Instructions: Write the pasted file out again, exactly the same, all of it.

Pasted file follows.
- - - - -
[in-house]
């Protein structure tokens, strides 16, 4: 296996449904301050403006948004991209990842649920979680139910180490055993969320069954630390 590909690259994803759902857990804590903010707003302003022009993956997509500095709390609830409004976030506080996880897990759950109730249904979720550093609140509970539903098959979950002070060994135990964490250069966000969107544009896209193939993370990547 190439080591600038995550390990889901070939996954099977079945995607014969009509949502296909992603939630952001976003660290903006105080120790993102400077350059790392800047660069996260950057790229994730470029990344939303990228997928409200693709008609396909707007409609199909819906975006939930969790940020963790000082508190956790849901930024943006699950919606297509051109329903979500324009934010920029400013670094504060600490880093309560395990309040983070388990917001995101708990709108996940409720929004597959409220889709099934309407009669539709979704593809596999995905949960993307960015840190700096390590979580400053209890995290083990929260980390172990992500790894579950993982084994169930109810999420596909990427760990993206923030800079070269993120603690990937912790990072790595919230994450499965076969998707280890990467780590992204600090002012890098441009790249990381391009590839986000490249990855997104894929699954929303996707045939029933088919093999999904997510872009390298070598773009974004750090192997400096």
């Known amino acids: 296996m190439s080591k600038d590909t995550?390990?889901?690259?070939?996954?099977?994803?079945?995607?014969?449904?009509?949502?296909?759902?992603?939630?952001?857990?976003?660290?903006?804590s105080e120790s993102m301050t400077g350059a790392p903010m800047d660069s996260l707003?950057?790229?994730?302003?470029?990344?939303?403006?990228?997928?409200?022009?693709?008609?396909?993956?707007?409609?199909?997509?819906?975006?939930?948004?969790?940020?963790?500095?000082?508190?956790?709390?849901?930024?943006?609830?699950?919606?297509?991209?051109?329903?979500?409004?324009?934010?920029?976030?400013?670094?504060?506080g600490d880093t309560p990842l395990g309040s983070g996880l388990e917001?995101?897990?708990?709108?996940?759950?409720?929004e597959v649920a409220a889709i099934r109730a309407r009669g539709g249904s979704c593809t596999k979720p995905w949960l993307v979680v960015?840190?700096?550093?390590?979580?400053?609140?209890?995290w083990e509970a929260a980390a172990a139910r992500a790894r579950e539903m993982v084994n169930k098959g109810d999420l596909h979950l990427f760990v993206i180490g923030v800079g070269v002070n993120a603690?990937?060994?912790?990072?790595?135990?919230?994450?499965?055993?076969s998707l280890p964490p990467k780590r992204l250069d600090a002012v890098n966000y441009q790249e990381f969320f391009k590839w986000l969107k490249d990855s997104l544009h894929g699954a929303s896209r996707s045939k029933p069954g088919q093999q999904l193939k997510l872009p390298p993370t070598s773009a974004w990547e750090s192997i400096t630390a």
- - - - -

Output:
[in-house]
């Protein structure tokens, strides 16, 4: 296996449904301050403006948004991209990842649920979680139910180490055993969320069954630390 590909690259994803759902857990804590903010707003302003022009993956997509500095709390609830409004976030506080996880897990759950109730249904979720550093609140509970539903098959979950002070060994135990964490250069966000969107544009896209193939993370990547 190439080591600038995550390990889901070939996954099977079945995607014969009509949502296909992603939630952001976003660290903006105080120790993102400077350059790392800047660069996260950057790229994730470029990344939303990228997928409200693709008609396909707007409609199909819906975006939930969790940020963790000082508190956790849901930024943006699950919606297509051109329903979500324009934010920029400013670094504060600490880093309560395990309040983070388990917001995101708990709108996940409720929004597959409220889709099934309407009669539709979704593809596999995905949960993307960015840190700096390590979580400053209890995290083990929260980390172990992500790894579950993982084994169930109810999420596909990427760990993206923030800079070269993120603690990937912790990072790595919230994450499965076969998707280890990467780590992204600090002012890098441009790249990381391009590839986000490249990855997104894929699954929303996707045939029933088919093999999904997510872009390298070598773009974004750090192997400096």
């Known amino acids: 296996m190439s080591k600038d590909t995550?390990?889901?690259?070939?996954?099977?994803?079945?995607?014969?449904?009509?949502?296909?759902?992603?939630?952001?857990?976003?660290?903006?804590s105080e120790s993102m301050t400077g350059a790392p903010m800047d660069s996260l707003?950057?790229?994730?302003?470029?990344?939303?403006?990228?997928?409200?022009?693709?008609?396909?993956?707007?409609?199909?997509?819906?975006?939930?948004?969790?940020?963790?500095?000082?508190?956790?709390?849901?930024?943006?609830?699950?919606?297509?991209?051109?329903?979500?409004?324009?934010?920029?976030?400013?670094?504060?506080g600490d880093t309560p990842l395990g309040s983070g996880l388990e917001?995101?897990?708990?709108?996940?759950?409720?929004e597959v649920a409220a889709i099934r109730a309407r009669g539709g249904s979704c593809t596999k979720p995905w949960l993307v979680v960015?840190?700096?550093?390590?979580?400053?609140?209890?995290w083990e509970a929260a980390a172990a139910r992500a790894r579950e539903m993982v084994n169930k098959g109810d999420l596909h979950l990427f760990v993206i180490g923030v800079g070269v002070n993120a603690?990937?060994?912790?990072?790595?135990?919230?994450?499965?055993?076969s998707l280890p964490p990467k780590r992204l250069d600090a002012v890098n966000y441009q790249e990381f969320f391009k590839w986000l969107k490249d990855s997104l544009h894929g699954a929303s896209r996707s045939k029933p069954g088919q093999q999904l193939k997510l872009p390298p993370t070598s773009a974004w990547e750090s192997i400096t630390a």